Working on a gouache palette

Gouache is typically made of water, pigments (more than in typical watercolour) a binding agent (gum arabic, dextrin), and often a neutral compound as an opacifier. It might be plain chalk (calcium powder) or white pigment like titanium or zinc white. This neutral compound makes light colours dry darker, and dark colours dry lighter, which can be a bit trying. But who doesn’t like a good challenge?

The only real difference between gouache and watercolour is the opacity. Very opaque watercolour, like cadmium red, or Naples Yellow which contains zinc white, could be considered gouache. The line between both is a bit blurry. In France during the nineteenth century and most of the twentieth, boxes of watercolour came with a little tube of China white to readily transform the watercolour in gouache when necessary.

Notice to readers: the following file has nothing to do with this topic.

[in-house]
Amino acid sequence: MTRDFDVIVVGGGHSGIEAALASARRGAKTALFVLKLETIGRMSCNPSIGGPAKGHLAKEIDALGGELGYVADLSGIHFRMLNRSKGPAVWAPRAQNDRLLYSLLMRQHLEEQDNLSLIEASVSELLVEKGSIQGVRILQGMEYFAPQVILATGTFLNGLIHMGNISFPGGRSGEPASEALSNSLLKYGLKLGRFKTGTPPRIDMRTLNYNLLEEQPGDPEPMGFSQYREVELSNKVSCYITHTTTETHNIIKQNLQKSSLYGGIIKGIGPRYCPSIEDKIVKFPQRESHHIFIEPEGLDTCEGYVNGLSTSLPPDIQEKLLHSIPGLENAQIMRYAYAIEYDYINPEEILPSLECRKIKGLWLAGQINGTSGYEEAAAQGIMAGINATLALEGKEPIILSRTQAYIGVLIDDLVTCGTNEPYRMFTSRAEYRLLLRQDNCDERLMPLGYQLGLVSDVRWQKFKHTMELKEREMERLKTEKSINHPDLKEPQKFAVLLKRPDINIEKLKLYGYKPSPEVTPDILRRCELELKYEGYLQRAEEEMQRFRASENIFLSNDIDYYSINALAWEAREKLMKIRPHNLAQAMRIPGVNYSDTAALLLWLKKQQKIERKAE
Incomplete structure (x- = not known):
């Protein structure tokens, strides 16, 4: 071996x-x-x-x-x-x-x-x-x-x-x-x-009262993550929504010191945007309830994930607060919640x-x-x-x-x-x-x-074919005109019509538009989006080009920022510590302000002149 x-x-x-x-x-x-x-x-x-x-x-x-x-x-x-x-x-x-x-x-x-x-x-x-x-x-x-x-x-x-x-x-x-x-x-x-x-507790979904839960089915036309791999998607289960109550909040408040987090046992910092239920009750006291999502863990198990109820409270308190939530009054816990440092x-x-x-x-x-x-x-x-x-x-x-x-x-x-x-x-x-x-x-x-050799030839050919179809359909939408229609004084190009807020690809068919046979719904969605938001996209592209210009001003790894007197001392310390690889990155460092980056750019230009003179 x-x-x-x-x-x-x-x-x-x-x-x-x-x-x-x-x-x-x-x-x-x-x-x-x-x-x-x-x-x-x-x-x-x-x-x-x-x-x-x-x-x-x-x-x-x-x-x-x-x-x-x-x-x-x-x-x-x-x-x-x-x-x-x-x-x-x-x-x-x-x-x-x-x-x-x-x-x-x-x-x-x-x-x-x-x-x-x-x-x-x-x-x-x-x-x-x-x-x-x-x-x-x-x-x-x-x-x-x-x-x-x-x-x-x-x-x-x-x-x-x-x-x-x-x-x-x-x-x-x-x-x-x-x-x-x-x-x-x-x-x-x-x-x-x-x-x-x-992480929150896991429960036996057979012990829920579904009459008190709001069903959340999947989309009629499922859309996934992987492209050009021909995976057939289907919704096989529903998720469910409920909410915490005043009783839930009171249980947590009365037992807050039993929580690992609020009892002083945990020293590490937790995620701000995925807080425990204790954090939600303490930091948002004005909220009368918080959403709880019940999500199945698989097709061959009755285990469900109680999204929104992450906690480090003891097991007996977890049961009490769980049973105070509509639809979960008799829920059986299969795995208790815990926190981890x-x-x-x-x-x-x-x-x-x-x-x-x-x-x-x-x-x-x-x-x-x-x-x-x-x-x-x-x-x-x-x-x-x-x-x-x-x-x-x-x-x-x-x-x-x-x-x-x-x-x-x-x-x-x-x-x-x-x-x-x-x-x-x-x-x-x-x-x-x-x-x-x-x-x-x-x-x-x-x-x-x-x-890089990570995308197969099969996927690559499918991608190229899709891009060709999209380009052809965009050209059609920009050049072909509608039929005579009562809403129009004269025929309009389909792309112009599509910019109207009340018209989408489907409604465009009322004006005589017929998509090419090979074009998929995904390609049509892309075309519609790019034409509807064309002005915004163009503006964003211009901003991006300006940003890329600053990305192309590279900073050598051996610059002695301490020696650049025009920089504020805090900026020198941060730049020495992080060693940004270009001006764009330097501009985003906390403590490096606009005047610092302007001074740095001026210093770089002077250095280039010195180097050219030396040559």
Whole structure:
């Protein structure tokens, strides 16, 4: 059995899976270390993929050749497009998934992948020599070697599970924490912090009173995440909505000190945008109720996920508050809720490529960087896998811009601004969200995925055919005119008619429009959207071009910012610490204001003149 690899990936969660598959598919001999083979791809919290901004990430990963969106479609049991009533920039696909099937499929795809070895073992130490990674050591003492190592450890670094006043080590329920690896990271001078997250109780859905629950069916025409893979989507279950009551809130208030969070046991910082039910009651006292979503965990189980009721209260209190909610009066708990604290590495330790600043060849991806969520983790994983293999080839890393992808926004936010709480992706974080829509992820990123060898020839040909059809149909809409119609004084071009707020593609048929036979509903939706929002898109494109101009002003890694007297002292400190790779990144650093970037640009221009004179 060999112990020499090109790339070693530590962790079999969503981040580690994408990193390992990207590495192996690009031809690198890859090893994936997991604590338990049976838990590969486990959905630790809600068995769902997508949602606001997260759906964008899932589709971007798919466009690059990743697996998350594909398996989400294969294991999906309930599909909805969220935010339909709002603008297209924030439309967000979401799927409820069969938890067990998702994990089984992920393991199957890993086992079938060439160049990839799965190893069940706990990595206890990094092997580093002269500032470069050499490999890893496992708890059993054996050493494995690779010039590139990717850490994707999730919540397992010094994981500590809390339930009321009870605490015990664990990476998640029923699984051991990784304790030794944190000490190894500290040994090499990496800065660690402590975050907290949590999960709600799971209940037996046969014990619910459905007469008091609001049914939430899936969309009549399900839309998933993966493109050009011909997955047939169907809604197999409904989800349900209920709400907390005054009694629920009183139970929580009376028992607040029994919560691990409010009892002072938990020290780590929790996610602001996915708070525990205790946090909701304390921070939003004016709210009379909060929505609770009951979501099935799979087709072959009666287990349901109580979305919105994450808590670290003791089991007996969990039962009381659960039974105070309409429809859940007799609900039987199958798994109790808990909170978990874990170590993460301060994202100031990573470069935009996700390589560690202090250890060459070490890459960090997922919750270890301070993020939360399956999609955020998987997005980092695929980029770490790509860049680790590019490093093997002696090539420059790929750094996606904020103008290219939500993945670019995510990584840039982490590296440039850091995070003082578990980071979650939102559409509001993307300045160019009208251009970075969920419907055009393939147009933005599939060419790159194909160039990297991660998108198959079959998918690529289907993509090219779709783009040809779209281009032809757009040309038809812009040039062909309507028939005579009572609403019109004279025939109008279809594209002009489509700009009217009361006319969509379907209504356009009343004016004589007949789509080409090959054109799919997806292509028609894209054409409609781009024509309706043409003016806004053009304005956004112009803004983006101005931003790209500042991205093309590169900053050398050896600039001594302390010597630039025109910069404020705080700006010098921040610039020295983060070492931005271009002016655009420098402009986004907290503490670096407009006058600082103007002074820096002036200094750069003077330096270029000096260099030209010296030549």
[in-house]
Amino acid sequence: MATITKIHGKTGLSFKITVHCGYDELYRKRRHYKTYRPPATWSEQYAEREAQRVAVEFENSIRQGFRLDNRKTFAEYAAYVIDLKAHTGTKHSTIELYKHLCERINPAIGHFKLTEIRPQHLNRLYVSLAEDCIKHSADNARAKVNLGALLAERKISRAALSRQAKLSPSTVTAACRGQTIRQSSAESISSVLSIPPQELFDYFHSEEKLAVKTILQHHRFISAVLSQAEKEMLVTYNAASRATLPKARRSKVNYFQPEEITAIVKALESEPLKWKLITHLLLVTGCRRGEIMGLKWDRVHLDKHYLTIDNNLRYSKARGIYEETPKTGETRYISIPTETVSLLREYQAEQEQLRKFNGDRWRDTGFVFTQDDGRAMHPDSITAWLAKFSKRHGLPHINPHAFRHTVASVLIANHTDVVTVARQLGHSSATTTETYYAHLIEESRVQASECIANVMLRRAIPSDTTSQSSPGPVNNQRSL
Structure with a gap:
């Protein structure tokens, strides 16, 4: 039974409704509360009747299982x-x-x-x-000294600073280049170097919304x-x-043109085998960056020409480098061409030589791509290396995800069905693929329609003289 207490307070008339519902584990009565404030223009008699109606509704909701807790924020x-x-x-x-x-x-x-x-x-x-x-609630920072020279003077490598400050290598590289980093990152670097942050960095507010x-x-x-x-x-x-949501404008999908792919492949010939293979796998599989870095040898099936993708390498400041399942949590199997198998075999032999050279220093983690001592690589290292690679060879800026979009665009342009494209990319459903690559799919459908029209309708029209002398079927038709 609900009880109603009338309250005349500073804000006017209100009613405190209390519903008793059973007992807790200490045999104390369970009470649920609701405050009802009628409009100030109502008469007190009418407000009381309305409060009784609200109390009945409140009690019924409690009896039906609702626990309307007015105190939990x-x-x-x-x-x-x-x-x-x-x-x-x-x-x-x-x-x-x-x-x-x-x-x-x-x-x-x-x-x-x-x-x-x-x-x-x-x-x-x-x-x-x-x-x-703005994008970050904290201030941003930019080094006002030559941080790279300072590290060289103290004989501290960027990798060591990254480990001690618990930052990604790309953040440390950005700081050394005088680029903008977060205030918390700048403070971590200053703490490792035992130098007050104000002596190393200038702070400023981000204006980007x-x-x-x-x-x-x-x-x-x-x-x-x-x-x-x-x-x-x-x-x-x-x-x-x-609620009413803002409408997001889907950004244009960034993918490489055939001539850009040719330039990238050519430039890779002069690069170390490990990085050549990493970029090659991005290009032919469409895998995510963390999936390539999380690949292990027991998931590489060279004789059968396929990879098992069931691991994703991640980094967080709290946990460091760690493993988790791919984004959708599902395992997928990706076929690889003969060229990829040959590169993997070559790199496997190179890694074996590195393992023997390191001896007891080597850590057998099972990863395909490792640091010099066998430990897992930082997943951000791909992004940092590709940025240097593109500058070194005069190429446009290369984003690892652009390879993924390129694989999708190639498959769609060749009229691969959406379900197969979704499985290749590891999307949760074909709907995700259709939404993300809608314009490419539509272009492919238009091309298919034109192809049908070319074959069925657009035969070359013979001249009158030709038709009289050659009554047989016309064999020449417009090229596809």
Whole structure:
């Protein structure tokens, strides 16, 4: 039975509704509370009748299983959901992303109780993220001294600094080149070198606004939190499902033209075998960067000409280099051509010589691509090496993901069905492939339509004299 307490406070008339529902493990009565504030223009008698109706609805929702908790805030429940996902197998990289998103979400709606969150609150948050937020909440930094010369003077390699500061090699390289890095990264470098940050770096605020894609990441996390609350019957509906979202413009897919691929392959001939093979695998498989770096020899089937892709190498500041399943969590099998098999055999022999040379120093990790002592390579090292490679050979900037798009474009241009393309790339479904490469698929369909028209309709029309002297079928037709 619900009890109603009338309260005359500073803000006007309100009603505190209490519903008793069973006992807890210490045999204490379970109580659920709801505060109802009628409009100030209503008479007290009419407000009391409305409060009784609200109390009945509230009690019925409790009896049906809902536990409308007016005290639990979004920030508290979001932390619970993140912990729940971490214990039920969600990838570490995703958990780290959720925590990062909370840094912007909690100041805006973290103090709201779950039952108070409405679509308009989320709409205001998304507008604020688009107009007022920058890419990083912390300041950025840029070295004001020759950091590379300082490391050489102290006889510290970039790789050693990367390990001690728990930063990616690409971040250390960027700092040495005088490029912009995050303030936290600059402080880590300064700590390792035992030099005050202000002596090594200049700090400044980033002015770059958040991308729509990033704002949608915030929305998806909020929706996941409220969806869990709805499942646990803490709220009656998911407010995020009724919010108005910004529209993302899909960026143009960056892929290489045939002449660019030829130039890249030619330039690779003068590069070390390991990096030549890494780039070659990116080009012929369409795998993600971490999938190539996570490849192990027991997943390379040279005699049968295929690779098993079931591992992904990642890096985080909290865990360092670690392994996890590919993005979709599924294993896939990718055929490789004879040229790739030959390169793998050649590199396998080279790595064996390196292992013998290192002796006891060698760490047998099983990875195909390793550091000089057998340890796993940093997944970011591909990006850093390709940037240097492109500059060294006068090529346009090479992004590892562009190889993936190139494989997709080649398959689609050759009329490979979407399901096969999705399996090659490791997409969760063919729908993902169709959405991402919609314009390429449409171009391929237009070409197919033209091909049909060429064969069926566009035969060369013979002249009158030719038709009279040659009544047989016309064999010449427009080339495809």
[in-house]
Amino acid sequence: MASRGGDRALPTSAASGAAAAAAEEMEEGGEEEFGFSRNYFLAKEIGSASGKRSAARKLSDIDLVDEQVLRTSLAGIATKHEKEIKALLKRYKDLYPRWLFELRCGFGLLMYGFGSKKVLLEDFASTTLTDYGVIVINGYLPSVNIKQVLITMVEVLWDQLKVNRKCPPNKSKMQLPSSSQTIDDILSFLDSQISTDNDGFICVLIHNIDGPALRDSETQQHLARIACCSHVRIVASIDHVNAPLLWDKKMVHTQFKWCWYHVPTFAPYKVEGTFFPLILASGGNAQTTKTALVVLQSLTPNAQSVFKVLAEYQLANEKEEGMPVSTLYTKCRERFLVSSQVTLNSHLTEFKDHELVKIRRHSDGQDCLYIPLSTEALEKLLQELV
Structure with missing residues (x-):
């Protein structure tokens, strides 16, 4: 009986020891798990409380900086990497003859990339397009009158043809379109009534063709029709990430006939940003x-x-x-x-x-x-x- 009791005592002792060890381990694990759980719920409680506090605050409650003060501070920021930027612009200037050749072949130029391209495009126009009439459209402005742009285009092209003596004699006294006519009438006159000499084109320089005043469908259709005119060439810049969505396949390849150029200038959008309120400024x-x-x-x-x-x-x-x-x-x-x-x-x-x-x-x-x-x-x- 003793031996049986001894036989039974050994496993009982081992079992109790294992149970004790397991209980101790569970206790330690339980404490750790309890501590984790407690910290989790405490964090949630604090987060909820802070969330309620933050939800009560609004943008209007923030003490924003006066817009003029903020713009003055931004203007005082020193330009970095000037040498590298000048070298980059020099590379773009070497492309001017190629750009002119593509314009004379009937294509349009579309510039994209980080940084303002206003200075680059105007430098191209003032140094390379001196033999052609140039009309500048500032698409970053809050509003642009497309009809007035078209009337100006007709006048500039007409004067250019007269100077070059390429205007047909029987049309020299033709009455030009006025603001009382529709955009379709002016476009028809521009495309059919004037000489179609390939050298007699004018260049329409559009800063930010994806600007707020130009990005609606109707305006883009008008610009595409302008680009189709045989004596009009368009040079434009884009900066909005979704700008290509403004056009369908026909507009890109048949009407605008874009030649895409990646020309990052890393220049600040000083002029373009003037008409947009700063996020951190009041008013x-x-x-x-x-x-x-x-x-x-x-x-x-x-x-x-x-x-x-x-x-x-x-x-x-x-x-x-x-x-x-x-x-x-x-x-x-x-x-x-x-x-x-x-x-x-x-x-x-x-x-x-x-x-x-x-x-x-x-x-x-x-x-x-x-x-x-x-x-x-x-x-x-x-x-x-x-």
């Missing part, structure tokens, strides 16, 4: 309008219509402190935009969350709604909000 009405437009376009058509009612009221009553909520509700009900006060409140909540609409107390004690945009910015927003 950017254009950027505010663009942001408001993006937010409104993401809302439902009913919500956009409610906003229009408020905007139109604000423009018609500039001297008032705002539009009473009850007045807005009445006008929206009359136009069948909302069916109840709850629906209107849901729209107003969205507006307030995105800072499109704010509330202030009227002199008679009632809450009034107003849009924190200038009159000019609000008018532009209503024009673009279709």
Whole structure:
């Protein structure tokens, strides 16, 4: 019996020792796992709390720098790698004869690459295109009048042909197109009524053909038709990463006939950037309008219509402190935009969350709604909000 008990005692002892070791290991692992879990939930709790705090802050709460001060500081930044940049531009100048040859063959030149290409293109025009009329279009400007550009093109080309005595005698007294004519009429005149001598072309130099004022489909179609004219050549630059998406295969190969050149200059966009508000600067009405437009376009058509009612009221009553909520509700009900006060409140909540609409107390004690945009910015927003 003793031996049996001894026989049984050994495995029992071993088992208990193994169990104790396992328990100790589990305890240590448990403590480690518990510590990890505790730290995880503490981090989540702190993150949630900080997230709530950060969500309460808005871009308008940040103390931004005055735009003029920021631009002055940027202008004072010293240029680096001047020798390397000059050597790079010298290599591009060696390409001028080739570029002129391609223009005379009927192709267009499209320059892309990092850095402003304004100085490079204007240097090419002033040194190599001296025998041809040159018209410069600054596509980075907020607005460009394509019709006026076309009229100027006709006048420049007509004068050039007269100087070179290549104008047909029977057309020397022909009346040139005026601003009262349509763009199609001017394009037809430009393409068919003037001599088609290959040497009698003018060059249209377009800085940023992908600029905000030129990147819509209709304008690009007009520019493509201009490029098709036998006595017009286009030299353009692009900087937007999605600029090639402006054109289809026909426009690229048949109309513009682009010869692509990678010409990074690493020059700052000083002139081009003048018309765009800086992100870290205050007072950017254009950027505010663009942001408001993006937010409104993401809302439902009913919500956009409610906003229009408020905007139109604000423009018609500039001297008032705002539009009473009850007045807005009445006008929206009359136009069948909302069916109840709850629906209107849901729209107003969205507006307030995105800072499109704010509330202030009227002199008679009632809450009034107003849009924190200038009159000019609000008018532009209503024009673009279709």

When painting with watercolour, it's not recommended to add white, to avoid muddying the colours. Well, that's just what gouache means. Gouache is a French term, from the Italian "guazzo", which translates into “gouache”, but has an etymology linked to mud. I love how it's put : gouache is muddy watercolours. Let's waddle.

I went back to gouache mostly to play with colours. These days I'm working on the intersection of cultural colours with colours as products, a vast subject. I'll talk about in in another post. For my research I needed a large array of pigments and colours. I couldn't buy all the colours I wanted in yet another medium, so I decided to go with what I had in stock. Browsing my shelves I found: gouaches in little cakes I bought for my son, cheap but pretty watercolours untouched because they were muddied with white (horror) or too opaque (lots of cadmiums and other somewhat toxic colours that I put aside but can be used with proper care), some Irodori Holbein traditional Japanese watercolours which are really nice but very opaque (so much pigment!), and some tubes of gouache from different brands, the most lovely being the most scarce in my stash, beautiful Fine Gouache from Holbein. Thinking about it, I'm really fond of Holbein products and wish they were more readily available in Europe.